CPH traffic data: Quietest November in living memory

Travel restrictions and the winter flare up of COVID-19 has left the world in lockdown. The freefall in passenger traffic continued in November, which had a mere 196,252 travellers, for a drop of 90.9 per cent compared with the same month last year. Less than one in three seats were occupied on the aircrafts. 

The terminals of Copenhagen Airport were nearly empty and quiet in November. Compared to the same month last year, passenger numbers dropped by 90.9 per cent from 2,164,175 to a mere 196,252. The aircraft flying also had lots of empty seats with less than one in three filled.

November is usually a relatively quiet month for travel. Last year, CPH had 680 daily arrivals and departures, but the number this November was only 165.

“The few people who do travel are either families going on necessary and essential trips or business travellers who need to call on important clients,” explains Chief Commercial Officer Peter Krogsgaard of Copenhagen Airports A/S.

Take-away food will is still available at the airport, and travellers can choose to eat at the gate, on board the plane or in one of the public seating areas. However, premises serving food and drink that have not already closed will block all seating in compliance with the new corona restrictions introduced yesterday for the Copenhagen capital region.

Rules eased for business travellers
On Monday, the Danish government eased the rules applying to business travellers. This means that all business travel is now considered essential, that travellers can take the rapid antigen COVID-19 test at Copenhagen Airport and avoid having to quarantine, and that companies can call a special hotline for updates on the different and changing coronavirus rules in force around the world.

“This is a small step in the right direction for the aviation industry and it’s good news for Danish exporters that it’ll now be easier for their service mechanics and fitters, sales staff and other business travellers to go on business trips to serve customers and get back home safely,” says Krogsgaard.

He also notes that the Danish Foreign Ministry will be working for international acceptance of the Danish COVID-19 certificate, so it can be recognised as official documentation that a person has tested negative before departing from Denmark.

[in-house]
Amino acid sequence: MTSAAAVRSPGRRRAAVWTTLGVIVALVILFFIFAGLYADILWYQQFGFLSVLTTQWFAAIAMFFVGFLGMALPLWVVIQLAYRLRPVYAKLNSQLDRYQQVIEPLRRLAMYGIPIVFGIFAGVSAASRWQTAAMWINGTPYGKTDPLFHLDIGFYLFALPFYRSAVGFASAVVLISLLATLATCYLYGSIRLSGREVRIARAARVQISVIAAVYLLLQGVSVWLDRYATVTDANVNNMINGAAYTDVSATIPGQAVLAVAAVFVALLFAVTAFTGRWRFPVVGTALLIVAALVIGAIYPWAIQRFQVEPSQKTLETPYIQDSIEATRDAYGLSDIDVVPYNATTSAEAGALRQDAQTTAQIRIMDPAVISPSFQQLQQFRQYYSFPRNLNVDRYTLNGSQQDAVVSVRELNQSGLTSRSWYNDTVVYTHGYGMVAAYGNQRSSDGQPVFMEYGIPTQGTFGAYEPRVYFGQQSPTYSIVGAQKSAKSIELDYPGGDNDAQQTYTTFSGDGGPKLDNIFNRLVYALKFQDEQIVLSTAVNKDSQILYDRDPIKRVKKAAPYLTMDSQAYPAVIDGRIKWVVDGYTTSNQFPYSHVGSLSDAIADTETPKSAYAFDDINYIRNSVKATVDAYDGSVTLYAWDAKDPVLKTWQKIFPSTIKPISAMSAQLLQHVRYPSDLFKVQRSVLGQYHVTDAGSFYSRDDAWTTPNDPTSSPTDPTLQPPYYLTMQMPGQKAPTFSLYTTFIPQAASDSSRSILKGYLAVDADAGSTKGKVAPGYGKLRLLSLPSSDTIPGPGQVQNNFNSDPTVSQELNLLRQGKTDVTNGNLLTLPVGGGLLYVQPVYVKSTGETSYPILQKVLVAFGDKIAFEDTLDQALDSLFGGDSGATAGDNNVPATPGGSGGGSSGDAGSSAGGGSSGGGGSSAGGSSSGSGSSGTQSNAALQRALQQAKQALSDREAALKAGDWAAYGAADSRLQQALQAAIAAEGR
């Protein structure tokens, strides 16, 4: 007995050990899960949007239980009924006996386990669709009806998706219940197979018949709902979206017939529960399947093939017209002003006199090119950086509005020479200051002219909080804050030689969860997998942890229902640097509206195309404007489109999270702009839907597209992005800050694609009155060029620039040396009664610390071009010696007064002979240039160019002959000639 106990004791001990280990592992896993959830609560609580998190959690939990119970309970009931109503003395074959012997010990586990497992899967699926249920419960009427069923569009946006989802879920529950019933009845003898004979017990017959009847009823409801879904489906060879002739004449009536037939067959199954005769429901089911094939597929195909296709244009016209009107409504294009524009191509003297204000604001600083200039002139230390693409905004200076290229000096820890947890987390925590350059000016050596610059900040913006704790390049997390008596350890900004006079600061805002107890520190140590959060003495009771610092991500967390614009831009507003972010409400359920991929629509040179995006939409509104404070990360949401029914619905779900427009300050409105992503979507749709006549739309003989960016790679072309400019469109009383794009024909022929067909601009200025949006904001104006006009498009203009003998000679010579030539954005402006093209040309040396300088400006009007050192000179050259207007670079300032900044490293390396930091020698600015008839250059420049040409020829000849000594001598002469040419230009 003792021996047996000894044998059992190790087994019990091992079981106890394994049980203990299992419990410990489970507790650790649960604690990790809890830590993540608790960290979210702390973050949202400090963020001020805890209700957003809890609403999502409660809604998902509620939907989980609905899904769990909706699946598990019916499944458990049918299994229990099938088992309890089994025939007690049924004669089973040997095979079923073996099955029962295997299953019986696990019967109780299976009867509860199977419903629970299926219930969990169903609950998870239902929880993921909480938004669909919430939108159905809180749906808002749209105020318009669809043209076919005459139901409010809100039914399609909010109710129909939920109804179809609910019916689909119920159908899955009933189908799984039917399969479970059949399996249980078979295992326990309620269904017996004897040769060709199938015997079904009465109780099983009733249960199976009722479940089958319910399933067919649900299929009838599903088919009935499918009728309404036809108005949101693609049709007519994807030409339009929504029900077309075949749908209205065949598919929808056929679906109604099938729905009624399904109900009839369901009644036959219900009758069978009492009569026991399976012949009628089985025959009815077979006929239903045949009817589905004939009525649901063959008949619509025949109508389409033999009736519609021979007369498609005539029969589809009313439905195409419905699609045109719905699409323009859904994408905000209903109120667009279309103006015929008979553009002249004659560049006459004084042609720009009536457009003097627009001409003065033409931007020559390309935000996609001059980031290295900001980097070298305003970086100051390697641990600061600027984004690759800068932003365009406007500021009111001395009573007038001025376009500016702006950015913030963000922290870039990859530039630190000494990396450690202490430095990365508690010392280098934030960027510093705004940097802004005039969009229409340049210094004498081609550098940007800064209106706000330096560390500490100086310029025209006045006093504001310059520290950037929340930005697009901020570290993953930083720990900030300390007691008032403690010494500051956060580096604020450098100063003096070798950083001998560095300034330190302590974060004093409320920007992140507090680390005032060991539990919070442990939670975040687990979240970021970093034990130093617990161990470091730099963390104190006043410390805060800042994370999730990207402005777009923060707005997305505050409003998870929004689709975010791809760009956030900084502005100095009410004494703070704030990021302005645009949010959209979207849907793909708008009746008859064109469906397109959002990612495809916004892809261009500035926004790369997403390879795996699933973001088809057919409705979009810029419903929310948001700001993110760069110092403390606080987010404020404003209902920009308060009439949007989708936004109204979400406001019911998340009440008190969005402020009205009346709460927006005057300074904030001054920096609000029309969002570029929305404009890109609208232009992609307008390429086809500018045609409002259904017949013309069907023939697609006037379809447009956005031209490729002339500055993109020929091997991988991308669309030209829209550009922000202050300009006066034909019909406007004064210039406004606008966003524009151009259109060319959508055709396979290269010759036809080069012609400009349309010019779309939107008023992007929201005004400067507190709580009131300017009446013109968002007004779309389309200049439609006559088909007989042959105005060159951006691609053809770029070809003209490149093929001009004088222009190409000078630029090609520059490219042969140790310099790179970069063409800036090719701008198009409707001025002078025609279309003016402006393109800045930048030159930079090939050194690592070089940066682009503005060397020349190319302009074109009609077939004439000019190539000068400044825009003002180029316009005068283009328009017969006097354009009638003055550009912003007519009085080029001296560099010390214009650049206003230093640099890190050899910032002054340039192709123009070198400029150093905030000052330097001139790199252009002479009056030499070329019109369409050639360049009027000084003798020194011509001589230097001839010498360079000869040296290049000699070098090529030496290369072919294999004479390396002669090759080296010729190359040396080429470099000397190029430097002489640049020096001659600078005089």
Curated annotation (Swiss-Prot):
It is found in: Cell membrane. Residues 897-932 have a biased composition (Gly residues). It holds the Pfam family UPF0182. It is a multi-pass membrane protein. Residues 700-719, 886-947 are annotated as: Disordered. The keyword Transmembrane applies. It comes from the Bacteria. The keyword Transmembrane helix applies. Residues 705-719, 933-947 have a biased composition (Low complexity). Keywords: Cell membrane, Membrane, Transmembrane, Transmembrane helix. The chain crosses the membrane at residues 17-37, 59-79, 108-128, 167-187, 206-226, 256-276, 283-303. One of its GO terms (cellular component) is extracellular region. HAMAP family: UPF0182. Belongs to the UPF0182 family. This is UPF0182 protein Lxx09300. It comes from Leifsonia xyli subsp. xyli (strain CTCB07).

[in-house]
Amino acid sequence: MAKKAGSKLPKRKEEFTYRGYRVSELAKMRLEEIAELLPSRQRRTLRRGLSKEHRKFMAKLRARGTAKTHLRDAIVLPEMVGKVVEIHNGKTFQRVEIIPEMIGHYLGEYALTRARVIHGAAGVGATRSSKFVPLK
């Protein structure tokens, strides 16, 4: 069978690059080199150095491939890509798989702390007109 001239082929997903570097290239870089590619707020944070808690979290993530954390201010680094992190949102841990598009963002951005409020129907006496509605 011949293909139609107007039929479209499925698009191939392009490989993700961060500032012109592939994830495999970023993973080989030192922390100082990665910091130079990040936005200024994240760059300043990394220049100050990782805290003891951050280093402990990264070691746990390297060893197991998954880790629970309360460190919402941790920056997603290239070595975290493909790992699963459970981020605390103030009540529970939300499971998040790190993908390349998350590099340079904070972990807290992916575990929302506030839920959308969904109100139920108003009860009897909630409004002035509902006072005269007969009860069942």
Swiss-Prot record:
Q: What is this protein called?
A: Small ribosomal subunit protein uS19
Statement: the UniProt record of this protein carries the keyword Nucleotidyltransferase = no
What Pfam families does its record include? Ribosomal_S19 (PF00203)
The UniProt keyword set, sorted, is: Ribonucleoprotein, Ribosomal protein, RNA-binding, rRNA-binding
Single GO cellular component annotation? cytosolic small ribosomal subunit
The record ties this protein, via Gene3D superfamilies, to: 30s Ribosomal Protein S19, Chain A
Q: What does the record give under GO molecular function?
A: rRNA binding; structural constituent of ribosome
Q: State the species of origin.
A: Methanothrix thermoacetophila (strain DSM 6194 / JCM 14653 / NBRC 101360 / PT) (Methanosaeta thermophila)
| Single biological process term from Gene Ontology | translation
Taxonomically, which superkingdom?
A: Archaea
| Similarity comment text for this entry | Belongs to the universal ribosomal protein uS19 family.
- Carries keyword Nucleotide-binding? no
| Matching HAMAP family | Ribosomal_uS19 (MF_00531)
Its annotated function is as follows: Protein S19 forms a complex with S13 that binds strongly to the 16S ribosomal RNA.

“Finding a light in the corona darkness can be difficult, but the news that COVID-19 vaccines have now started to be administered raises hopes that things will slowly improve during 2021 allowing the aviation industry to recover some of the lost activity,” says Krogsgaard.

Domestic traffic not as severely affected
The international aviation crisis has dramatically impacted all parts of Europe. Traffic has plummeted by about 80 per cent, especially on international routes, whereas domestic traffic has not been as hard hit in several countries.

“Copenhagen is an international airport with lots of connections to Europe and the rest of the world. However, Denmark is a small country and domestic air traffic has always played a relatively limited role. Having said that, as connections to the world have gradually closed, domestic traffic has grown from 5 to 20 per cent of the overall traffic,” explains Krogsgaard.

While passengers travelling to Europe and on the long-haul routes have dropped by 92.3 and 91.4 per cent respectively, numbers on the domestic routes from CPH have dropped by 72.3 per cent.

In addition, domestic routes have made it to the list of Copenhagen’s top 10 destinations, with Aalborg topping the list in November ahead of Amsterdam, Istanbul and Stockholm. In fifth place, we find Rønne on the Baltic island of Bornholm ahead of otherwise major destinations such as Paris, Frankfurt and London.

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